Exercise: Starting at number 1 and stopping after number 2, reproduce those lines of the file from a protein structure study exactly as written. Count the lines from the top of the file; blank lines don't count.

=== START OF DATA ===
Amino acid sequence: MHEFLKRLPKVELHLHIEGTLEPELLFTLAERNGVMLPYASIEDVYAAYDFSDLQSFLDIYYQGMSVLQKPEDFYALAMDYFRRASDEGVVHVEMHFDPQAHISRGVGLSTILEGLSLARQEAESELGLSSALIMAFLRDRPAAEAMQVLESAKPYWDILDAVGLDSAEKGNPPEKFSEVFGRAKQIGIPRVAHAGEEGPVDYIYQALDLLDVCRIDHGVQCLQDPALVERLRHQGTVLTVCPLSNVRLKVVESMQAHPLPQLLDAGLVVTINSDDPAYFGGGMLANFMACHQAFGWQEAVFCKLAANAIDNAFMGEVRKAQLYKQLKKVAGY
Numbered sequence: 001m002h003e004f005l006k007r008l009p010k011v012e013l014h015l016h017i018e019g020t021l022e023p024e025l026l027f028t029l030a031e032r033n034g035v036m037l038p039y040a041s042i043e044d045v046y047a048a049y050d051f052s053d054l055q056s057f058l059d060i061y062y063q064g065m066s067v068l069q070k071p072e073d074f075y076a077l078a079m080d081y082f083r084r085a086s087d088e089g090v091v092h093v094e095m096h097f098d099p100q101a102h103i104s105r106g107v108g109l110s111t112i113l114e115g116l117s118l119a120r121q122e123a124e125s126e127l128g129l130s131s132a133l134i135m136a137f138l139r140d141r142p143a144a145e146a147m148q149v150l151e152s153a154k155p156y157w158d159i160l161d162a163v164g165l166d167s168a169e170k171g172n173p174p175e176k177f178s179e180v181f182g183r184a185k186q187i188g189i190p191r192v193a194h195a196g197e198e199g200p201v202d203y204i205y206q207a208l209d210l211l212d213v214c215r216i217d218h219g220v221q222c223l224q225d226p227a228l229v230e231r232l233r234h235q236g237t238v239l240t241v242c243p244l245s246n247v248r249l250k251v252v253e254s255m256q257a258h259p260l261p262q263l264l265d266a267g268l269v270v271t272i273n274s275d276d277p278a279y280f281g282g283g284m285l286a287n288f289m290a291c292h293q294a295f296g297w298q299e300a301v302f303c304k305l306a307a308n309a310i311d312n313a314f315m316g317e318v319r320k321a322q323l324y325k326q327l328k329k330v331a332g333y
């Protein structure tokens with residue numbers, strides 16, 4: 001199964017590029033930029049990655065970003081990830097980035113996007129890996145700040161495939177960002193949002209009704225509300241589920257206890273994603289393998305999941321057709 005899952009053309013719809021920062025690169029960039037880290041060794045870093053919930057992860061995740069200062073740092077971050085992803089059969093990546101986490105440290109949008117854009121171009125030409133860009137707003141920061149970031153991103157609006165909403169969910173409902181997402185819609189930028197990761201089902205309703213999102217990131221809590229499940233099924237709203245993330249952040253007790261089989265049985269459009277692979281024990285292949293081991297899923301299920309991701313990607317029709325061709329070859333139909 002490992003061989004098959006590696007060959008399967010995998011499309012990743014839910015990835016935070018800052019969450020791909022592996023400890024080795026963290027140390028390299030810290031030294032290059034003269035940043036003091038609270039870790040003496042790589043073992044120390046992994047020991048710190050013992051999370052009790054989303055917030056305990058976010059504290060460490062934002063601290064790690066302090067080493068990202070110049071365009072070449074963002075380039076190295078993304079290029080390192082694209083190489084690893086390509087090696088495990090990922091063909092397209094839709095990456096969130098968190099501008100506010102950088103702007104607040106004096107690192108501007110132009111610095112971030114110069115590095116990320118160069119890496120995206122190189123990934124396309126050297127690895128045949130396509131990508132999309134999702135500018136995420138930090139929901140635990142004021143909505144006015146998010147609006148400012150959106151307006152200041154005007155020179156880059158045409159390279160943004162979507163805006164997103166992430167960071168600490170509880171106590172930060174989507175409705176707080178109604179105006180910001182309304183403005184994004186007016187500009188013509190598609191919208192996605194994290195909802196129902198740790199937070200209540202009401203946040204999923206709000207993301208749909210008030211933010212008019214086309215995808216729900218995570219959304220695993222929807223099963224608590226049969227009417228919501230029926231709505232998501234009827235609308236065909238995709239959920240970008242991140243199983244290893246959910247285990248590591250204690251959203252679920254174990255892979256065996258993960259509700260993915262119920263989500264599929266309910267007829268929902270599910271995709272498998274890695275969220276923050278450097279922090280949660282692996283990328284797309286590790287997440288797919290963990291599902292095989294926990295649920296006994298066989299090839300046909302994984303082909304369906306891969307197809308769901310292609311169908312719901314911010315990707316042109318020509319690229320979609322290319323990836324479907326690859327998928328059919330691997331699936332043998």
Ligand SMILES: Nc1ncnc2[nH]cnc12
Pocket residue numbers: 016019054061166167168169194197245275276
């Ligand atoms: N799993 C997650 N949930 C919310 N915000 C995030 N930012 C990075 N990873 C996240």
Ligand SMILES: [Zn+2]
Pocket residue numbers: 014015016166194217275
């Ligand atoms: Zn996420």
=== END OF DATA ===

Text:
Amino acid sequence: MHEFLKRLPKVELHLHIEGTLEPELLFTLAERNGVMLPYASIEDVYAAYDFSDLQSFLDIYYQGMSVLQKPEDFYALAMDYFRRASDEGVVHVEMHFDPQAHISRGVGLSTILEGLSLARQEAESELGLSSALIMAFLRDRPAAEAMQVLESAKPYWDILDAVGLDSAEKGNPPEKFSEVFGRAKQIGIPRVAHAGEEGPVDYIYQALDLLDVCRIDHGVQCLQDPALVERLRHQGTVLTVCPLSNVRLKVVESMQAHPLPQLLDAGLVVTINSDDPAYFGGGMLANFMACHQAFGWQEAVFCKLAANAIDNAFMGEVRKAQLYKQLKKVAGY
Numbered sequence: 001m002h003e004f005l006k007r008l009p010k011v012e013l014h015l016h017i018e019g020t021l022e023p024e025l026l027f028t029l030a031e032r033n034g035v036m037l038p039y040a041s042i043e044d045v046y047a048a049y050d051f052s053d054l055q056s057f058l059d060i061y062y063q064g065m066s067v068l069q070k071p072e073d074f075y076a077l078a079m080d081y082f083r084r085a086s087d088e089g090v091v092h093v094e095m096h097f098d099p100q101a102h103i104s105r106g107v108g109l110s111t112i113l114e115g116l117s118l119a120r121q122e123a124e125s126e127l128g129l130s131s132a133l134i135m136a137f138l139r140d141r142p143a144a145e146a147m148q149v150l151e152s153a154k155p156y157w158d159i160l161d162a163v164g165l166d167s168a169e170k171g172n173p174p175e176k177f178s179e180v181f182g183r184a185k186q187i188g189i190p191r192v193a194h195a196g197e198e199g200p201v202d203y204i205y206q207a208l209d210l211l212d213v214c215r216i217d218h219g220v221q222c223l224q225d226p227a228l229v230e231r232l233r234h235q236g237t238v239l240t241v242c243p244l245s246n247v248r249l250k251v252v253e254s255m256q257a258h259p260l261p262q263l264l265d266a267g268l269v270v271t272i273n274s275d276d277p278a279y280f281g282g283g284m285l286a287n288f289m290a291c292h293q294a295f296g297w298q299e300a301v302f303c304k305l306a307a308n309a310i311d312n313a314f315m316g317e318v319r320k321a322q323l324y325k326q327l328k329k330v331a332g333y